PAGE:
Reactions to Nelsons Death
'I don't think that anyone will ever exceed the things that Byron did by winning 11 tournaments in a row in one year. But, I suppose that is not the most admirable thing that he did, although it was certainly tremendous. He was a fantastic person whom I admired from the time I was a boy.' -- Arnold Palmer.
'Apart from being one of the greatest players ever, Byron Nelson was always the epitome of a gentleman. His passing marks the end of arguably golf's most prolific era, which included the likes of Ben Hogan and Sam Snead. To my mind, Byron was possibly golf's most consistent player ever.' -- Ben Crenshaw, a two-time Masters champion and winner of Nelson's tournament in 1983.
'Byron Nelson symbolized golf with a grace that embodied the game. The PGA of America and the game of golf have lost one of our teaching and playing giants, as well as one of the greatest ambassadors the game has ever known.' -- Roger Warren, president of The PGA of America.
'He was a legend who transcended generations and was loved and respected by everyone who knew him. Our players, young and old, looked to Byron as the consummate role model of our sport. His legacy spans across his historic performances, the gentle and dignified way he carried himself and his tremendous contributions to golf and society.' -- Tim Finchem, PGA Tour commissioner.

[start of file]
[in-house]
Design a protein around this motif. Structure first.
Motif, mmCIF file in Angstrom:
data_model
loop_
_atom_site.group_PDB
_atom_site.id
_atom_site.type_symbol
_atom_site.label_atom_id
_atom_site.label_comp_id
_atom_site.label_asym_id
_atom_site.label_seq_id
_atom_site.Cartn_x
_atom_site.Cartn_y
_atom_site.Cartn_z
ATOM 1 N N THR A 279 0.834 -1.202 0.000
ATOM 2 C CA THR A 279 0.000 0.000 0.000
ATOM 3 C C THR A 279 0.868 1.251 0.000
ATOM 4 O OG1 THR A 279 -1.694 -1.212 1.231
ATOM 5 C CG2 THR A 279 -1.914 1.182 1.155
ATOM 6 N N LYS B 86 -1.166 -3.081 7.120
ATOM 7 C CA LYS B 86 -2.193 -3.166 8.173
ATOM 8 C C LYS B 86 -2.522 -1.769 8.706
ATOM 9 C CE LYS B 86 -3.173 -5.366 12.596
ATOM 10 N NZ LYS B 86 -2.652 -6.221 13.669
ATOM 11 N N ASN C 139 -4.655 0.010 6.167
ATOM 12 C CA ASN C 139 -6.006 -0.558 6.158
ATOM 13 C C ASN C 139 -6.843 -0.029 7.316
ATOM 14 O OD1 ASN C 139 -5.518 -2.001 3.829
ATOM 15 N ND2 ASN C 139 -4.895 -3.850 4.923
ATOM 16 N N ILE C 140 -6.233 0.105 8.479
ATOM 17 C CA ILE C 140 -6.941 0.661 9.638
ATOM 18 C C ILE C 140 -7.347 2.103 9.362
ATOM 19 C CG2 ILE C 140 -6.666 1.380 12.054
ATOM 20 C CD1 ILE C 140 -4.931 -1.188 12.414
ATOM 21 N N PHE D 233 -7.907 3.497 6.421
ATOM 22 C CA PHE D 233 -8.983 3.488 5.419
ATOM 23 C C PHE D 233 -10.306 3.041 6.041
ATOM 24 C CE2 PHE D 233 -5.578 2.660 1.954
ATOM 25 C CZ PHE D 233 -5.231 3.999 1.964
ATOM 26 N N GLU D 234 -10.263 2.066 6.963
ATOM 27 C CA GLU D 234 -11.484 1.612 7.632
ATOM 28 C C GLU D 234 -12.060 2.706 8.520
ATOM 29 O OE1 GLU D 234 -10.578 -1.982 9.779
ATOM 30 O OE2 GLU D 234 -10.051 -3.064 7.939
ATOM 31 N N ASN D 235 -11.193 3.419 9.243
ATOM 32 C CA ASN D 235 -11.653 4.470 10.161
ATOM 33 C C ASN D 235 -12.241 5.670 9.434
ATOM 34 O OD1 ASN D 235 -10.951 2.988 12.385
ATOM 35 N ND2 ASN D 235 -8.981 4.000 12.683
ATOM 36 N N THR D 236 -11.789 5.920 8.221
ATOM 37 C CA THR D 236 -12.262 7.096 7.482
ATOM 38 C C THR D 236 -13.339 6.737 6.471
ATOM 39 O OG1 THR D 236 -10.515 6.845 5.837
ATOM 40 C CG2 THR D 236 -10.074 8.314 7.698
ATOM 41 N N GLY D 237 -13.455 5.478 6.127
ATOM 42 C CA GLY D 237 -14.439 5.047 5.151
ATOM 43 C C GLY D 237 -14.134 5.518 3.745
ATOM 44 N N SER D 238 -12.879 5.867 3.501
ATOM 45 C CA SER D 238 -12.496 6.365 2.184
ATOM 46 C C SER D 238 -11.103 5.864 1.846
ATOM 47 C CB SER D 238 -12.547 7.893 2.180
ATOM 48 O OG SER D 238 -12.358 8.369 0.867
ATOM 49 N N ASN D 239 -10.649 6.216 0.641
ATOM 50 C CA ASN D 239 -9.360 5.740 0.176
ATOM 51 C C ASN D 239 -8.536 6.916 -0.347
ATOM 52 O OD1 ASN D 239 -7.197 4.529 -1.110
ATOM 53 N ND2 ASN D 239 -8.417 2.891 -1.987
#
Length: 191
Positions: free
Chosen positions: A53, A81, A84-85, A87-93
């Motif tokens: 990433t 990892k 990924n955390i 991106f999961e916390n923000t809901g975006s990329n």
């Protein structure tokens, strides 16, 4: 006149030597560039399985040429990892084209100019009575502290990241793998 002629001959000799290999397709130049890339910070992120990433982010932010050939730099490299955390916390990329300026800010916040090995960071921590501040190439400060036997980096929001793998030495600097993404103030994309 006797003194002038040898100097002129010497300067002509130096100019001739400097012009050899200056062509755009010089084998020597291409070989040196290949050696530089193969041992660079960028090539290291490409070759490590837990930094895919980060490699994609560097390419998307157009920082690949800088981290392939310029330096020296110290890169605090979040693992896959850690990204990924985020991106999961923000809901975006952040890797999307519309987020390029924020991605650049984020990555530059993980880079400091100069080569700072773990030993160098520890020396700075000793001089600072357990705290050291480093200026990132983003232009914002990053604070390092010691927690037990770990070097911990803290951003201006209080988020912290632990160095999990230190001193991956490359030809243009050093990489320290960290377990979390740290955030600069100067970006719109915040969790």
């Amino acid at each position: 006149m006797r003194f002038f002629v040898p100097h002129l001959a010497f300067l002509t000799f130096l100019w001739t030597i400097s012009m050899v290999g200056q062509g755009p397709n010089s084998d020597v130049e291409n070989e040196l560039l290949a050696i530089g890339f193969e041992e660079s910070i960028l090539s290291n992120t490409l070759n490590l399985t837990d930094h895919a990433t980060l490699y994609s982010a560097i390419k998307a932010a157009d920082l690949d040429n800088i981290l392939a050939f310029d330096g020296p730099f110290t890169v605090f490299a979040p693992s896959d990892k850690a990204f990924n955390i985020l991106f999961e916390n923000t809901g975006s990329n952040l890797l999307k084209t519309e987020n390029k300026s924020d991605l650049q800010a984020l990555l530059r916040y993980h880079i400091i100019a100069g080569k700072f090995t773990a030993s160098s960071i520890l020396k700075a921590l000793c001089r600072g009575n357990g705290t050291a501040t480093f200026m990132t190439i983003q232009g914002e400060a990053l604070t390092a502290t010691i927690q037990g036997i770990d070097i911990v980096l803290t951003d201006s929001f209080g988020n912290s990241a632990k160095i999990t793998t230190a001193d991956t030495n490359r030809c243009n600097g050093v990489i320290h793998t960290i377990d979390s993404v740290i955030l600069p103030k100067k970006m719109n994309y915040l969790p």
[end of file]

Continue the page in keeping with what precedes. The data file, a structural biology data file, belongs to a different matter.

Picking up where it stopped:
'Byron has meant so much to so many people, and has been an integral and important part of this tournament since he first played here in 1935. Byron will be sorely missed at (next) year's champions dinner and will be remembered in perpetuity as players cross the bridge at No. 13 that bears his name.' -- Billy Payne, chairman of Augusta National Golf Club and the Masters.
'He was the best of men, and a gentleman to all. His strength of character and generosity to others set him apart.' -- U.S. Rep. Michael Burgess, whose district includes Nelson's Roanoke home.
'Byron Nelson donated an untold amount of time, resources and energy to help the underprivileged, and the lives of countless individuals have been touched and improved because of his great work. Though he is no longer with us, his legacy will live on. He was a great Texan whose service to his fellow man has left this nation a much better place.' -- U.S. Sen. John Cornyn.
'His legacy of kindness, humility and reaching out to help others in need will endure forever. We will remember Byron fondly as we carry on our commitment to his namesake tournament.' -- Mike Jordan, chairman and CEO of Electronic Data Systems Corp., primary sponsor of the Byron Nelson Championship.